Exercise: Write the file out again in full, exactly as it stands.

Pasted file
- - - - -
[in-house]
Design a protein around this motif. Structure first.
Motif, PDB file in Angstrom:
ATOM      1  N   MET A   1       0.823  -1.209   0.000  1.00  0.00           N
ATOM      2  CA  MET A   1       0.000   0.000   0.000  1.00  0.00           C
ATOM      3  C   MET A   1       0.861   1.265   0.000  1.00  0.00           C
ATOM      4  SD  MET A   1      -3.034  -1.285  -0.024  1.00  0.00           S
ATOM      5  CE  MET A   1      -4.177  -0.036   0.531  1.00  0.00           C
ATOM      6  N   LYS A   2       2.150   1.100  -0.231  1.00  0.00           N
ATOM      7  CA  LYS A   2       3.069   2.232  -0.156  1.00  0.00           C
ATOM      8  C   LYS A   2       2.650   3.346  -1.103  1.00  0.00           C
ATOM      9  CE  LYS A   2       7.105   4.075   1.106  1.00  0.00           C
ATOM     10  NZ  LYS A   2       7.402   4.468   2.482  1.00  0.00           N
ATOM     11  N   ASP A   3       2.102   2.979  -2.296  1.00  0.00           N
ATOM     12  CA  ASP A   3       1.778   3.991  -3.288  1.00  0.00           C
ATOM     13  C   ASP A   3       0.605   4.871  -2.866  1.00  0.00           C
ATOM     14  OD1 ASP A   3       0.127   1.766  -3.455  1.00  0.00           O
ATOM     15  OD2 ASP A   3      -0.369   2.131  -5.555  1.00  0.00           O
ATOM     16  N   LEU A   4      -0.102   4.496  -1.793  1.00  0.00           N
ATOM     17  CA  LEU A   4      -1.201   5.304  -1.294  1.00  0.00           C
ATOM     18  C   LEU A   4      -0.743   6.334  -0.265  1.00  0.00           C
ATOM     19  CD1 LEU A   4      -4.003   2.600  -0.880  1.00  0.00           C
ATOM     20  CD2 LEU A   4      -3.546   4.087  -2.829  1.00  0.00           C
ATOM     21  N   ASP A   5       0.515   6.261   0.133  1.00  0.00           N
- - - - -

[in-house]
Design a protein around this motif. Structure first.
Motif, PDB file in Angstrom:
ATOM      1  N   MET A   1       0.823  -1.209   0.000  1.00  0.00           N
ATOM      2  CA  MET A   1       0.000   0.000   0.000  1.00  0.00           C
ATOM      3  C   MET A   1       0.861   1.265   0.000  1.00  0.00           C
ATOM      4  SD  MET A   1      -3.034  -1.285  -0.024  1.00  0.00           S
ATOM      5  CE  MET A   1      -4.177  -0.036   0.531  1.00  0.00           C
ATOM      6  N   LYS A   2       2.150   1.100  -0.231  1.00  0.00           N
ATOM      7  CA  LYS A   2       3.069   2.232  -0.156  1.00  0.00           C
ATOM      8  C   LYS A   2       2.650   3.346  -1.103  1.00  0.00           C
ATOM      9  CE  LYS A   2       7.105   4.075   1.106  1.00  0.00           C
ATOM     10  NZ  LYS A   2       7.402   4.468   2.482  1.00  0.00           N
ATOM     11  N   ASP A   3       2.102   2.979  -2.296  1.00  0.00           N
ATOM     12  CA  ASP A   3       1.778   3.991  -3.288  1.00  0.00           C
ATOM     13  C   ASP A   3       0.605   4.871  -2.866  1.00  0.00           C
ATOM     14  OD1 ASP A   3       0.127   1.766  -3.455  1.00  0.00           O
ATOM     15  OD2 ASP A   3      -0.369   2.131  -5.555  1.00  0.00           O
ATOM     16  N   LEU A   4      -0.102   4.496  -1.793  1.00  0.00           N
ATOM     17  CA  LEU A   4      -1.201   5.304  -1.294  1.00  0.00           C
ATOM     18  C   LEU A   4      -0.743   6.334  -0.265  1.00  0.00           C
ATOM     19  CD1 LEU A   4      -4.003   2.600  -0.880  1.00  0.00           C
ATOM     20  CD2 LEU A   4      -3.546   4.087  -2.829  1.00  0.00           C
ATOM     21  N   ASP A   5       0.515   6.261   0.133  1.00  0.00           N